Foundation Friday: It Isn’t Just For Money Anymore

A new report from the Foundation Center looks at the "direct charitable activities" of the nation’s grantmakers–that is, where they’re spending their money other than on grants.  Though such expenditures might include, oh, direct charitable activities (like providing services to people who need them), the report finds that fewer than 10% of grantmakers actually do that.  Instead, most foundations divert money from grants for the purposes of

  • convening conferences and other events that serve a broad audience;
  • providing technical assistance or training to grantees; and
  • supporting the service of their staff on advisory boards of other charities or public commissions.

All very worthy causes, no doubt; as a consultant, the Nonprofiteer is particularly enthusiastic about the sums spent on technical assistance to grantees.  But now that we know where funders direct their non-grant money, would it be possible to learn whether that money is actually more effective than it would be in the hands of grantees?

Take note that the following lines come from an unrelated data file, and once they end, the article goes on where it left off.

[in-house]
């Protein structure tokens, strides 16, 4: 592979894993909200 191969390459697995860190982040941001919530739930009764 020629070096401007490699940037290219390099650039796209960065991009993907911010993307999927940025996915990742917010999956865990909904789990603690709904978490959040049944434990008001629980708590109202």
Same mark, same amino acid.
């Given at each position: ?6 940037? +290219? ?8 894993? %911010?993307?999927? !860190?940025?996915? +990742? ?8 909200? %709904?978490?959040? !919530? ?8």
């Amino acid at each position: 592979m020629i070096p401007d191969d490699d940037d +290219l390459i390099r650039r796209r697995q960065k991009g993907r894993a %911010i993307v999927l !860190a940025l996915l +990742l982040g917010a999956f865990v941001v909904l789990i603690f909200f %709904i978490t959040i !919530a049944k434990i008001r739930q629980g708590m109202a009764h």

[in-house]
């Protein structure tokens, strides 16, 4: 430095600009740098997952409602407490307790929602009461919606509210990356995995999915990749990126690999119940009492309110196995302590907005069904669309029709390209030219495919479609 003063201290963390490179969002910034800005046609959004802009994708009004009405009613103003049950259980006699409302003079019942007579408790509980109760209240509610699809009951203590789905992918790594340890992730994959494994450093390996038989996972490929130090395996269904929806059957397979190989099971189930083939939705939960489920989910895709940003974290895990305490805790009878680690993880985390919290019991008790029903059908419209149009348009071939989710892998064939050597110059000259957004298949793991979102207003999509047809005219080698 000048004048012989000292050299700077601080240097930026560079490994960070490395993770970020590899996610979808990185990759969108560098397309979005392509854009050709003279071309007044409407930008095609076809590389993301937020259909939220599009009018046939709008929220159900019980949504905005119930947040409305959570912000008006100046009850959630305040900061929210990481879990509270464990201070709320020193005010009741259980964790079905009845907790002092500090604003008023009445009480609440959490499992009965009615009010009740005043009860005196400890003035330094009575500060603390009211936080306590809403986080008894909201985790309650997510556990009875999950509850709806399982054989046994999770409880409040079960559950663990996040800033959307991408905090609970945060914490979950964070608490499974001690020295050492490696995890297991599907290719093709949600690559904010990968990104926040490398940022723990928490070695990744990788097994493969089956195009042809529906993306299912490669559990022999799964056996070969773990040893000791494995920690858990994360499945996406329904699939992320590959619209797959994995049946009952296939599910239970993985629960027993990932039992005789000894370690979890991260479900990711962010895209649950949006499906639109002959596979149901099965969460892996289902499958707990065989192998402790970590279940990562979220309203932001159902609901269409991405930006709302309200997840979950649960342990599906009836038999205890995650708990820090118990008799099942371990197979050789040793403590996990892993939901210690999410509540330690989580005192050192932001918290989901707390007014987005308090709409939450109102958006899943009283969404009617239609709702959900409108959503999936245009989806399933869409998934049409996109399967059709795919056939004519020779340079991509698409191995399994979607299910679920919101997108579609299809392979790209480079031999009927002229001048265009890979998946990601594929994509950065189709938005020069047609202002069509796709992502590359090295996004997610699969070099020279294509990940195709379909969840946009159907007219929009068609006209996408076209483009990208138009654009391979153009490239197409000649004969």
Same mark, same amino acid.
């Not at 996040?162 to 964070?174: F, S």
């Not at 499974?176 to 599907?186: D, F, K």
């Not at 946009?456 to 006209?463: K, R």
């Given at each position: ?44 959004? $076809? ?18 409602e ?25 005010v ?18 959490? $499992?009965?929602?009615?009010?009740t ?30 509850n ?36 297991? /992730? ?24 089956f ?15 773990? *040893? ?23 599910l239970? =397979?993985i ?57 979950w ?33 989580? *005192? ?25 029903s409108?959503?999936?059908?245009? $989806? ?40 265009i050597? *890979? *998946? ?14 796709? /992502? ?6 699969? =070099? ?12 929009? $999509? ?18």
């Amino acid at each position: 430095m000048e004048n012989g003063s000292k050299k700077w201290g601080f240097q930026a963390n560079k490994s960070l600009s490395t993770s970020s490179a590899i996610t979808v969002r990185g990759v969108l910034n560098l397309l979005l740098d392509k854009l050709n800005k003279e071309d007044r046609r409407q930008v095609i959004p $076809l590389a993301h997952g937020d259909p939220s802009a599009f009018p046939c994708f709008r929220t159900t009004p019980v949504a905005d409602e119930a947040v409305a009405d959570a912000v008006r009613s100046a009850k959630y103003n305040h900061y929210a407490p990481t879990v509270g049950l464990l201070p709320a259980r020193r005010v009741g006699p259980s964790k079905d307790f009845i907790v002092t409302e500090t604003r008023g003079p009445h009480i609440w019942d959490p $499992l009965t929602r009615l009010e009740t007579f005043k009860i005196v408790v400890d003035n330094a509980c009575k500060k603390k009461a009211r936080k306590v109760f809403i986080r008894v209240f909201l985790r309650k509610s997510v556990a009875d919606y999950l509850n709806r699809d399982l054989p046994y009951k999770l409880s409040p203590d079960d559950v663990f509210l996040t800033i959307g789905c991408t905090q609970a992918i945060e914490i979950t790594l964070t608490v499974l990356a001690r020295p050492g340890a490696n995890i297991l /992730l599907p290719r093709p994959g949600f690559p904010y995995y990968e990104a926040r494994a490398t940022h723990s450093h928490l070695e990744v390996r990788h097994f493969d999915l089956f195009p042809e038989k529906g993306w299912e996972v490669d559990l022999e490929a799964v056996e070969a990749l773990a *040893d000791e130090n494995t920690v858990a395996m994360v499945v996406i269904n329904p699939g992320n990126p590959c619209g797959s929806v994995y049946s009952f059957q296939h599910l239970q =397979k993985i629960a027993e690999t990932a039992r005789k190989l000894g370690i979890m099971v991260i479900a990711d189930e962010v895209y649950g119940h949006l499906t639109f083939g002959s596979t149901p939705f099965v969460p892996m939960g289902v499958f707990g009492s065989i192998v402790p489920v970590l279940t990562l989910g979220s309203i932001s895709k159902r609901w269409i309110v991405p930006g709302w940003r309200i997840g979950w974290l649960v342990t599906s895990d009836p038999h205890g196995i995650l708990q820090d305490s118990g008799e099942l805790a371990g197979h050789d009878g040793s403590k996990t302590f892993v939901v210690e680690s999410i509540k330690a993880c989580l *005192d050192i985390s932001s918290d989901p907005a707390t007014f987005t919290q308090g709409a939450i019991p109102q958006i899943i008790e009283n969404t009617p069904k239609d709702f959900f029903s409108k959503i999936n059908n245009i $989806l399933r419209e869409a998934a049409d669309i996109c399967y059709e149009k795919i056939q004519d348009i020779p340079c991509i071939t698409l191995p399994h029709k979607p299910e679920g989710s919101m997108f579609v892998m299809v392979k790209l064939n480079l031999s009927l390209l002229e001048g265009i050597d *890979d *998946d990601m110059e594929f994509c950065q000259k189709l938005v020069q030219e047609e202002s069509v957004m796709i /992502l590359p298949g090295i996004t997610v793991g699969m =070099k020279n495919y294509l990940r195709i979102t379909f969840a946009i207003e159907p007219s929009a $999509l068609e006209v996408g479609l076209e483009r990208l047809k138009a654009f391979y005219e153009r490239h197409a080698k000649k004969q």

PhilanTopic reports that an American Enterprise Institute scholar disapproves of foundations’ actually providing services.  (What a surprise, when the Institute exists to disapprove of having social services provided by anybody.)  But the Nonprofiteer disapproves of "direct charitable activities" because that’s mostly a misnomer.  If foundations aren’t providing services and they’re not giving grants, why exactly are these people getting a free pass from the Federal treasury?

Note that while the report purports to document a "growing" use of devices other than grantmaking, it’s a baseline study so there’s no point of comparison from which to assess growth.


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4 Responses to “Foundation Friday: It Isn’t Just For Money Anymore”

  1. Rick Cohen Says: